The Goblin's Dilemma: class soildarity, selfish families, and the working class heros of Sam Raimi's A Simple Plan and Spider-Man By Bud White and Tim Kreider (Spider-Man discussion begins here)
Scrapper, directed and produced by Stephan Wassmann, is a film about a group of survivalists, desperadoes, and range runners who risk their lives scavenging scrap metal from exploded and unexploded ordnance from the impact areas of the U.S. Navy and Marines Aerial Gunnery Range in the Chocolate Mountains of southeastern California.
Nerdist talks to Sam Raimi about fruit, his career in retail sales, how he got started making movies, the links between comedy and horror, the Evil Dead TV show and of course why Spider-Man 3 was "awful".
'"The good news is we solved the murder of your husband. The bad news is you're under arrest.' Everyone's a noir hero!" A new HBO documentary explores what happens when the media are mixed up in a crime from the very beginning-- with fiction and film added in for good measure. A local news writer is incensed with HBO for bringing it all up again. (She will not be watching the documentary.)
The Dissolve (previously, previously) looks at the Coen Brothers' 1996 "homespun Midwestern murder story" Fargo: Masculinity And Mike Yanagita, Keynote: Fargo in Five Quotes, Morality And The Coens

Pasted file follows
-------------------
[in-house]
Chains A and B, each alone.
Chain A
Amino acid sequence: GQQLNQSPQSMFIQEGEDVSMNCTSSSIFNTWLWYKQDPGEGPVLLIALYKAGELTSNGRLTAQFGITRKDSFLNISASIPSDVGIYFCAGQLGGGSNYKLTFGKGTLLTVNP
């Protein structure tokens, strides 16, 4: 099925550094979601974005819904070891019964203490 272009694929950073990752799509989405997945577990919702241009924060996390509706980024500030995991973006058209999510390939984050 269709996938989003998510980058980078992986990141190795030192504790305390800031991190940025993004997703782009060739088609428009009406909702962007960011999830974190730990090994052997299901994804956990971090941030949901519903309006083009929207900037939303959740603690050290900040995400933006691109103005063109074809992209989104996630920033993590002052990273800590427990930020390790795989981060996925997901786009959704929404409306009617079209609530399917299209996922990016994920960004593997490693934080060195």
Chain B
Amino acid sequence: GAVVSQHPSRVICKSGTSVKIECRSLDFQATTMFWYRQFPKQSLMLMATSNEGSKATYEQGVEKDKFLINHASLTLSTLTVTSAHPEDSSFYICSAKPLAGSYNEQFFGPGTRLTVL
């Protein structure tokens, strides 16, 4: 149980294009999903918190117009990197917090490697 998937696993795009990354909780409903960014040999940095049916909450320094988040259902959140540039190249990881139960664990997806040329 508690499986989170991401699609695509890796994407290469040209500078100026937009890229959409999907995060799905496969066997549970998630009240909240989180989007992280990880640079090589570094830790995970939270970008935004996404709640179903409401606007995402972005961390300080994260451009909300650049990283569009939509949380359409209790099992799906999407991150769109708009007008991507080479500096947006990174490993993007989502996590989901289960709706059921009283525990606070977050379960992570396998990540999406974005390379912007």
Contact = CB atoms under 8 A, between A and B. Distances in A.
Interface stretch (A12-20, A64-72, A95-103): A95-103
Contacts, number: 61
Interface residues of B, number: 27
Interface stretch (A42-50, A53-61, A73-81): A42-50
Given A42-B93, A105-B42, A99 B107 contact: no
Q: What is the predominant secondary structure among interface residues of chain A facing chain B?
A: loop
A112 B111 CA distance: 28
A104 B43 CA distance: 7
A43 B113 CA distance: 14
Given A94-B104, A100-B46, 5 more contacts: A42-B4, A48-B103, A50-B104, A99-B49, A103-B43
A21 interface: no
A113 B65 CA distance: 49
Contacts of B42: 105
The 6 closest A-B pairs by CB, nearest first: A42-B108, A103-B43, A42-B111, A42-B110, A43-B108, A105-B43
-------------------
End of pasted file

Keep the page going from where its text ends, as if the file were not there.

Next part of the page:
The 1991 CBs made-for-TV movie adaptation of Shadow Of A Doubt and the 1943 Alfred Hitchcock version are based on the same source material and contain many of the same lines, beats, and scenes. So why is one considered a classic film noir and the other a flop? The Dissolve puts the two movies next to each other and tries to find out.
Miller's Crossing, 20 Years Later Photographing (and finding) the exact filming locations for the Coen Brothers' New Orleans classic and comparing them to present day. [via mefi projects]
Jean-Xavier de Lestrade’s documentary gets new installments. Previously. Eight years later, Michael Peterson went back to court and Lestrade filmed it again.
The Snipist - a post-apocalyptic nightmare set in a post-rabies Britain (warning: absolutely bleak). A Gun For George - a short film about crime-writer Terry Finch, author of the 70s Kentish fiction masterpieces The Reprisalizer. [more inside]